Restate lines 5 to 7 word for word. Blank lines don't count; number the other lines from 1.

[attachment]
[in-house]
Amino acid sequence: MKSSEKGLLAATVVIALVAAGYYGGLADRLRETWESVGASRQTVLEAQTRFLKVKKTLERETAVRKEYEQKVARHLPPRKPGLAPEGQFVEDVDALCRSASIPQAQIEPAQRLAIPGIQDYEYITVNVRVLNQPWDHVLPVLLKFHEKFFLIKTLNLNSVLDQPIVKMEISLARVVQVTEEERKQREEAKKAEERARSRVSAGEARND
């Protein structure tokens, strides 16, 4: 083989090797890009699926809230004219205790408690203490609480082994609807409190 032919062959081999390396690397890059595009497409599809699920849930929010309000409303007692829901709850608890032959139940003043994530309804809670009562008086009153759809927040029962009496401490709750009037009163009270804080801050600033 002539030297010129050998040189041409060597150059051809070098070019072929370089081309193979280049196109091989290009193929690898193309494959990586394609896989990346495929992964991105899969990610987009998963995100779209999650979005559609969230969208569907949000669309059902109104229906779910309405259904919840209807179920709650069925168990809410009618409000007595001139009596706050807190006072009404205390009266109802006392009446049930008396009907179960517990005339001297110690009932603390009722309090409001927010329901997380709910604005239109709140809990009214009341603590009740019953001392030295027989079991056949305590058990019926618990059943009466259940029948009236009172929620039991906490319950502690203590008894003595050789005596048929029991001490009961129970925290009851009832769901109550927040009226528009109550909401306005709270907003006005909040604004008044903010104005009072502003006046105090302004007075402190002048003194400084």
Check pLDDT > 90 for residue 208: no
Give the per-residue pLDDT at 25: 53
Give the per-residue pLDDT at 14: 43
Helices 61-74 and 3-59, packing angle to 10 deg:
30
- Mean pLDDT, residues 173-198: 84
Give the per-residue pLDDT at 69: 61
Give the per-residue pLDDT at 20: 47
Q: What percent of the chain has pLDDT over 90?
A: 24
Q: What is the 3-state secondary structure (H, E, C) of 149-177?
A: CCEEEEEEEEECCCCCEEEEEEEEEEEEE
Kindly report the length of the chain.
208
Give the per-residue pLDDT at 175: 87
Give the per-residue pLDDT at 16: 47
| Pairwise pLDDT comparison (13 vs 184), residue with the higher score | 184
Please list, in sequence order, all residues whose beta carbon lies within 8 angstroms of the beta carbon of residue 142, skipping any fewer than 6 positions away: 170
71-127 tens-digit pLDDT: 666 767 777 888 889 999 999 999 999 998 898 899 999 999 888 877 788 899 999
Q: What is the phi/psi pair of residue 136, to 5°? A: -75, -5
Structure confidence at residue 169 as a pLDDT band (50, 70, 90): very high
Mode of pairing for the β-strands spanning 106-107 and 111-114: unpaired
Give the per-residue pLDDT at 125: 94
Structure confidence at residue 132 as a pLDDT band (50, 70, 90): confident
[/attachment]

Give the per-residue pLDDT at 25: 53
Give the per-residue pLDDT at 14: 43
Helices 61-74 and 3-59, packing angle to 10 deg: